My father left when I was nine, and died from drug addiction when I was 19. During those ten years he was in and out of jail, mostly for driving while intoxicated. When I was 16-years-old, he was given an 18 month sentence in the Utah County Jail. This was his longest sentence, and sadly, it included the most consistent communication of our relationship because he had two phone calls a week, and he often spent them on me because I was one of the few people still willing to pick up the phone when he called.
I hated having my father in jail. I hated having to explain it to friends and teachers, because I knew that they would look at me differently, so I often lied about him. Sometimes I said that he lived in another state, but mostly I said he was dead. It just seemed easier than the truth, which was that my father was not much of a father at all. In so many ways I just wanted to forget him. Pretend like he never existed because it was easier than dealing with the fact that I found him embarrassing. But most importantly, I felt a deep sorrow in knowing that he wasn’t like the fathers my friends had. The ones that were dependable. The fathers that showed up to sporting events and parent teacher conferences. The fathers that were supportive and compassionate and sober.
I’m not trying to say that my father didn’t have some valuable qualities. He wasn’t completely without worth, and over the years, and as I have gotten older, I have started to better understand who he was. He’s been dead for 13 years, and now that I’m a father of three, I think about him a lot more than I ever have.
Honestly, I wish he would have been better. More dependable. More compassionate. More dedicated. More connected and understanding of his children. When I first had my son, I thought a lot about the fact that I never really had a father, and I didn’t know how I was going to be a decent father without a good example.
It made me bitter. It made me jealous of fathers who had good examples. I hated chatting with other dads and hearing them tell me about lessons they learned as a child from their fathers that came in handy now. I hated hearing them tell me about how they had a good chat with their fathers before having children about what it would be like to be a father.
I though a lot about all this stuff for several years until one day, when my first son was five-years-old, and we were living in Minnesota, I helped my son make a stick horse. We were living in a town home and I was attending graduate school. It was fall, and there were leaves and sticks in our front yard. I asked Tristan if he’d ever rode a stick horse. He looked up at me big bashful blue eyes, and said, “No.”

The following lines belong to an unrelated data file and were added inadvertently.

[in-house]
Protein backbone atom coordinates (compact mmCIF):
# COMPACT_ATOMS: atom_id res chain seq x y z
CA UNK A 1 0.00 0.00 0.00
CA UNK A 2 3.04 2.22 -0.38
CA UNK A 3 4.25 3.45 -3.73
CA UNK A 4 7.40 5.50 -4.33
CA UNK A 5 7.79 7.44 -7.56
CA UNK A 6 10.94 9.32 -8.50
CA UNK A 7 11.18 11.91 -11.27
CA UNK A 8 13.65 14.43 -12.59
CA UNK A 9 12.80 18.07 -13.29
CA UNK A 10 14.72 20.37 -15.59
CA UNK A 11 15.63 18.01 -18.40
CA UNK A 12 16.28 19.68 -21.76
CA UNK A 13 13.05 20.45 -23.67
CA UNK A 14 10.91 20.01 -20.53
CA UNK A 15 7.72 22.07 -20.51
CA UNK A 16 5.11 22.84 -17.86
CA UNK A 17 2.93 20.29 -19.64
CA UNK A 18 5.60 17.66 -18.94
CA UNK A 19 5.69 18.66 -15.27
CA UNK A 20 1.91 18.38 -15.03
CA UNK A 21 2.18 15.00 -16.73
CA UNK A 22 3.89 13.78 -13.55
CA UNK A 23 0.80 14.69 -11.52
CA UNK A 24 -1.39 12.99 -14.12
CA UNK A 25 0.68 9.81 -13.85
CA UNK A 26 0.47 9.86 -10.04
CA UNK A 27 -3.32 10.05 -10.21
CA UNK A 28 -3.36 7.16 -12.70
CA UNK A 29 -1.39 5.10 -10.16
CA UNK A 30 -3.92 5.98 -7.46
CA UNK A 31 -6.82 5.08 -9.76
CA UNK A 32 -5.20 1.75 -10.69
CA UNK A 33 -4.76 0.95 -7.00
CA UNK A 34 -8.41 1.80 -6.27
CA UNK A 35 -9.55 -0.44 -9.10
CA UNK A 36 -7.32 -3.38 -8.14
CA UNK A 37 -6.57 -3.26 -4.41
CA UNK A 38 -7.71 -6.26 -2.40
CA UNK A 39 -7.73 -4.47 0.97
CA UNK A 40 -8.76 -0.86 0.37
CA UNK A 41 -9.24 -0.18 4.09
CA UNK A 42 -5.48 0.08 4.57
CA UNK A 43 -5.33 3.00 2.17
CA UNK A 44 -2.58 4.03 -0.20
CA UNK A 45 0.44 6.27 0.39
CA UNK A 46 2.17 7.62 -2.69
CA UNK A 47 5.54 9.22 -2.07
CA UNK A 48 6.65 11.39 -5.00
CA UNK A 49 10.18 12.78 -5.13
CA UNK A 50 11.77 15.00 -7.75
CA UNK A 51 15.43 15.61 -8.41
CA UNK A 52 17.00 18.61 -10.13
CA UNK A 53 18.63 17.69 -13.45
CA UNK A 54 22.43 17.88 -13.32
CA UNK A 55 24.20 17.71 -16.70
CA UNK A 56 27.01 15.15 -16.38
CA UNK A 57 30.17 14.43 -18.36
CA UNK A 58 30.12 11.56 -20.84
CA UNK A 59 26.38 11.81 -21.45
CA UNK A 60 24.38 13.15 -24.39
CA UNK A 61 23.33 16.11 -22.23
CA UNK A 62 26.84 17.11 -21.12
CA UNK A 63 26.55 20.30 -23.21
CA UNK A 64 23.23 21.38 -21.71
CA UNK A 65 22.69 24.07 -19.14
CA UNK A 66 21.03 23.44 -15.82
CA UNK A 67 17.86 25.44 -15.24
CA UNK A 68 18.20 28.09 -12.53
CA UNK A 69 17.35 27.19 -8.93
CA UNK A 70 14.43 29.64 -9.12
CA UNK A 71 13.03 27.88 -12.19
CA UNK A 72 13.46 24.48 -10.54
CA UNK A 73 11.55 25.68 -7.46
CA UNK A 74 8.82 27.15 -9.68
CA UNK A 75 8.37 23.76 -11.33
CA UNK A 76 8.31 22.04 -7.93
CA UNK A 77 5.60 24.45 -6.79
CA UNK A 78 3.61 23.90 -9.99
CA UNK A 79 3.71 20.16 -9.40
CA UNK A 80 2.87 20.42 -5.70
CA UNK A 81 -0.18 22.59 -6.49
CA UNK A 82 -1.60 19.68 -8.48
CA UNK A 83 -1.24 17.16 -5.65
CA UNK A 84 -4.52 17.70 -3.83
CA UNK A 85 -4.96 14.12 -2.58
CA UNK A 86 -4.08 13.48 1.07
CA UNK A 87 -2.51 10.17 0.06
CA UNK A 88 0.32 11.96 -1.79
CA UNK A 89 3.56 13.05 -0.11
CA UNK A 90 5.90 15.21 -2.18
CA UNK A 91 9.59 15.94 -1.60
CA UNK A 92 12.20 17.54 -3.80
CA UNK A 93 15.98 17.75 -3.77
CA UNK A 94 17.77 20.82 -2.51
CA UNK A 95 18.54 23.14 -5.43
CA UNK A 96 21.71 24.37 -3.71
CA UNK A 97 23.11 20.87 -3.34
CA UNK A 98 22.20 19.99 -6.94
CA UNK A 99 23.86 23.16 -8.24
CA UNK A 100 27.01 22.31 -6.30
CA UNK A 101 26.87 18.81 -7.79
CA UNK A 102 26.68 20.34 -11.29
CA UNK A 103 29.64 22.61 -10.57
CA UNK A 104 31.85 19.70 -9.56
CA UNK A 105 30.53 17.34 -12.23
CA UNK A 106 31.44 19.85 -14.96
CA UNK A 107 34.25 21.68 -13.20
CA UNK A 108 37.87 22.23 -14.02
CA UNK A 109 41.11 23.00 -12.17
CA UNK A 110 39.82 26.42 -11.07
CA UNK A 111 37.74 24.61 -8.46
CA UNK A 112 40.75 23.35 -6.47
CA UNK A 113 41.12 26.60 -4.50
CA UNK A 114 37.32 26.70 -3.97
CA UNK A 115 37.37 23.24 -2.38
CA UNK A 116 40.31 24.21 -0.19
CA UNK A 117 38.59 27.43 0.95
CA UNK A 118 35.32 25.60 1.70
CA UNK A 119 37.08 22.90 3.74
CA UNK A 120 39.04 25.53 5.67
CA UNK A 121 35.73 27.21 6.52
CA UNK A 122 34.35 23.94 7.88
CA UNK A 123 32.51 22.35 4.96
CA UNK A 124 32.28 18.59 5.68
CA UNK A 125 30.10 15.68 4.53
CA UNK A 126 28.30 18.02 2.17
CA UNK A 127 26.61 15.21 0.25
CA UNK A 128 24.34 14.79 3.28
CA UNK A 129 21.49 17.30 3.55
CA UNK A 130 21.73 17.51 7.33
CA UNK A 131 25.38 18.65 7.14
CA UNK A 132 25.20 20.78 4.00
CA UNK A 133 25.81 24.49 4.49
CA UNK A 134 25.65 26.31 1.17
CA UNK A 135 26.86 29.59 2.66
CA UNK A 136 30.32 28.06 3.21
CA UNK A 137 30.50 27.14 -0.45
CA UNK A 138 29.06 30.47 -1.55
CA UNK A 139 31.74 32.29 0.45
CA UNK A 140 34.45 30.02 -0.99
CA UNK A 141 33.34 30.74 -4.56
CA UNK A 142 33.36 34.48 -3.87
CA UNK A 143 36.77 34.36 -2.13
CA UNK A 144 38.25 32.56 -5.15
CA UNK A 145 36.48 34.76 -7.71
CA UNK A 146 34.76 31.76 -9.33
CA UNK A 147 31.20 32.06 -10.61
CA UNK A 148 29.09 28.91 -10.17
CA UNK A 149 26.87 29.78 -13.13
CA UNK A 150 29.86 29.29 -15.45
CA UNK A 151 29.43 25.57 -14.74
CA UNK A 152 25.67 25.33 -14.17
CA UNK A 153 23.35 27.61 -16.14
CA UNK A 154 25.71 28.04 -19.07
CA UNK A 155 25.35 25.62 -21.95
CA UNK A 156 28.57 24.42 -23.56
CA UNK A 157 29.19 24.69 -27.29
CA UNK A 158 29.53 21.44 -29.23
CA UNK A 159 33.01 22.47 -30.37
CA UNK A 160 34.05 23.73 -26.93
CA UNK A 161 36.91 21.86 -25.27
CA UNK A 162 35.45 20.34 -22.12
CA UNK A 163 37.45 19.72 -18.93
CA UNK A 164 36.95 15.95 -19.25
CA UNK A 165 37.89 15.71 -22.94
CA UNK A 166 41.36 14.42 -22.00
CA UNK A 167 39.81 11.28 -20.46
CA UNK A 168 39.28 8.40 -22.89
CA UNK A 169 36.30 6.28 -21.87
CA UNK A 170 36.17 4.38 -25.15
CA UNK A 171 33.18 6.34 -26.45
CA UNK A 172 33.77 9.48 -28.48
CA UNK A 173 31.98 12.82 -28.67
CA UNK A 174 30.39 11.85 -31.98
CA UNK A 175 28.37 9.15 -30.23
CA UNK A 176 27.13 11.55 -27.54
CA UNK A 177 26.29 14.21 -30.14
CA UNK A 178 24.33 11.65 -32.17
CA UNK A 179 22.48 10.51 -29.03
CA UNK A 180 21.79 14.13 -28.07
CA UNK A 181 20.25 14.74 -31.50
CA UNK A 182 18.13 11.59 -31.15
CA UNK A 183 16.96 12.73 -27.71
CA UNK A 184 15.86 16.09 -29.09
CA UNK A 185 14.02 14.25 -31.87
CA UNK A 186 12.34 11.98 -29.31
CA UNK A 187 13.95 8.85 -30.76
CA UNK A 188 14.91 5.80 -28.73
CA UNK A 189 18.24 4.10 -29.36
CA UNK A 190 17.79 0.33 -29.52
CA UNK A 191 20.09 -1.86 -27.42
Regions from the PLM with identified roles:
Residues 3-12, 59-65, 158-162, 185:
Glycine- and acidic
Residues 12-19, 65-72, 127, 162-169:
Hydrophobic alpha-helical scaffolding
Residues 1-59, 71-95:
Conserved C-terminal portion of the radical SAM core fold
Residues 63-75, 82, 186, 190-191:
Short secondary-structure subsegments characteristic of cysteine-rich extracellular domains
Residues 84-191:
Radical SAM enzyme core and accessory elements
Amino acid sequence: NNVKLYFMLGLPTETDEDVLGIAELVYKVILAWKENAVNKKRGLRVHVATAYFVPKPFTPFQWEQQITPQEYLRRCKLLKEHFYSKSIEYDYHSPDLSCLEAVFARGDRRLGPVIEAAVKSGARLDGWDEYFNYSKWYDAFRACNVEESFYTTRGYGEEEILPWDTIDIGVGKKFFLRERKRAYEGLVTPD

I found a couple sticks on the lawn, broke off the side branches so they would be straight, put one between my legs, and hopped around the yard like I were on a horse.
“That’s it,” I said. “I used to do it with my father.”
And with that statement, I thought about when I was a boy, and one of the few happy memories I had with my father. I was around 7-years-old, just a little older than Tristan. Dad handed me a stick, just like I did with my son, and showed me how to ride it around the yard.
I remember feeling warmth in what he did. A simple tenderness that I assumed would always be there. I could see that same feeling in Tristan’s eyes as he rode his stick horse.
I knew that I wanted more of these moments with my children, but rather than getting bitter like I used to, I thought about the dad I had for just a short moment. The one who showed me how to make stick horses, and I said, “I’m going to be that dad. I’m going to be the father I never had.”
I committed to being dedicated to my children. I promised myself that I would never abandon my children. That I would love my wife and my family more than myself. I promised to never consume drugs or alcohol. To show up to my children’s parent teacher conferences and sporting events. Rather than getting more pissed off about what my father wasn’t, and using that as an excuse to feel lost, I decided to do something more.
Tristan and I rode stick horses in the yard for an hour or so. Eventually Tristan’s three-year-old sister, Norah, came out and joined us. She mostly just banged her stick horse on the driveway, but she seemed to be enjoying herself. It was a simple, but awesome moment for me as a father because for the first time I realized that I was getting back what I’d always wanted, a father-child relationship.
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Clint Edwards was blessed with a charming and spitfire wife, a video game obsessed little boy, a snarky little girl in a Cinderella play dress, and an angry baby girl. When Clint was 9-years-old his father left. With no example of fatherhood, he had to learn how to be a father and husband through trial and error. His work has been featured in Good Morning America, The New York Times, The Washington Post, The Huffington Post, Scary Mommy, The Good Men Project, Fast Company, and elsewhere. He lives in Oregon. Follow him on Facebook and Twitter.